Ideally you’d find a prospect like Julio Jones (WR, Alabama) sitting in that range, but I wouldn’t rule Blackmon out. However, I think receiver is a position perhaps ignored by most when considering what the Seahawks could do in April and I want to try and keep it in the discussion – which is why I made this projection.

And at the end of the day – you can never have enough good wide receivers. Green Bay have regularly drafted wide outs to pad out their offense – a system which could continue in Seattle now that John Schneider has moved to the North West.


  1. Nick Andron

    Hi Rob! Great post and great reasonings. We’ve discussed this before via Twitter, but I just don’t see the Hawks prioritizing the wideout position with so little draft capital this year. Successful wideouts need two to tango, and currently the Seahawks don’t field any good (or even average) quarterbacks. What good is a team chalk with talent at wideout when the quarterback is either bad or even very bad? You get a team like the 2010 Arizona Cardinals.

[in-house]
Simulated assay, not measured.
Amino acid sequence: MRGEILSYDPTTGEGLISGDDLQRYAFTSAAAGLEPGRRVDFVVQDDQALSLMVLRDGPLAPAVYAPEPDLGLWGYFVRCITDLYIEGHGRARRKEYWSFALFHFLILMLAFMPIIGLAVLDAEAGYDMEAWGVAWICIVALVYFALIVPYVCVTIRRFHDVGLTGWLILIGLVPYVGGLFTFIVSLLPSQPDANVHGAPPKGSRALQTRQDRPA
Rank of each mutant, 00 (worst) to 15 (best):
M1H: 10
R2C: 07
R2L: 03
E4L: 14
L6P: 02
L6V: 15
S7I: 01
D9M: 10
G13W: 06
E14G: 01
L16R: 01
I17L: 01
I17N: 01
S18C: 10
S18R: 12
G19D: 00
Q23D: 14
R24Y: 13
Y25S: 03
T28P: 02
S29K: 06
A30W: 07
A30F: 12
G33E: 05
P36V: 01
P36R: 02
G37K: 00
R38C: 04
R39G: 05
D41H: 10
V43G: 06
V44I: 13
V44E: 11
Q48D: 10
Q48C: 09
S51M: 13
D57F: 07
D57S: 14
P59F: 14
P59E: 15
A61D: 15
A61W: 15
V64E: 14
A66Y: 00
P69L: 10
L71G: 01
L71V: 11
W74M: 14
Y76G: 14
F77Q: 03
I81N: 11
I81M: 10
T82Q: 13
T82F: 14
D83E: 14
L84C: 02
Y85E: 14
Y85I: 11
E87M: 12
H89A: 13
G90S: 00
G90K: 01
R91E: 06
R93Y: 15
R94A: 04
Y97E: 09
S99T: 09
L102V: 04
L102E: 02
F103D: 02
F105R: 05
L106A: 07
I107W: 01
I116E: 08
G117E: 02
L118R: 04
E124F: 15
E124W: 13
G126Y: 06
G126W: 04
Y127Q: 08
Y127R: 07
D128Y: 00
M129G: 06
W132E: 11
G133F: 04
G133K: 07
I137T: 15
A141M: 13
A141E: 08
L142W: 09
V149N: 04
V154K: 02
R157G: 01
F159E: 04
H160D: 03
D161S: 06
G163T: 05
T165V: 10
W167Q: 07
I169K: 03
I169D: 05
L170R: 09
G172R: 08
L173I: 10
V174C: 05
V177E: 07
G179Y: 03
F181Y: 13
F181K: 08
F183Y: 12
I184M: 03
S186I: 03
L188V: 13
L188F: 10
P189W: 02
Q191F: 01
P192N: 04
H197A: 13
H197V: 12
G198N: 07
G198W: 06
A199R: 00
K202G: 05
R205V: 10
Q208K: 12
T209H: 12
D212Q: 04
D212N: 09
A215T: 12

The Packers over-drafted at wideout because they nearly always have a semi-HOF quarterback under center slinging the ball (most recently, Favre and Rodgers).

    The Seahawks are not in the same boat as the Packers, and they should focus on elements of the offense that are more guaranteed to help other elements of the offense: namely the offensive line. If the Seahawks create a league-average or better offensive line this offseason through draft and FA (draft Pouncey, sign a Logan Mankins, draft a RT in the 2nd or 4th), the running game will open up for guys who can make plays, like Forsett and Washington (if he’s retained), and Lynch to some degree. That will aid the passing game defenses will have to use more resources to always defend the run to prevent successful plays. That’ll make it easier for an average to below average quarterback to have some success.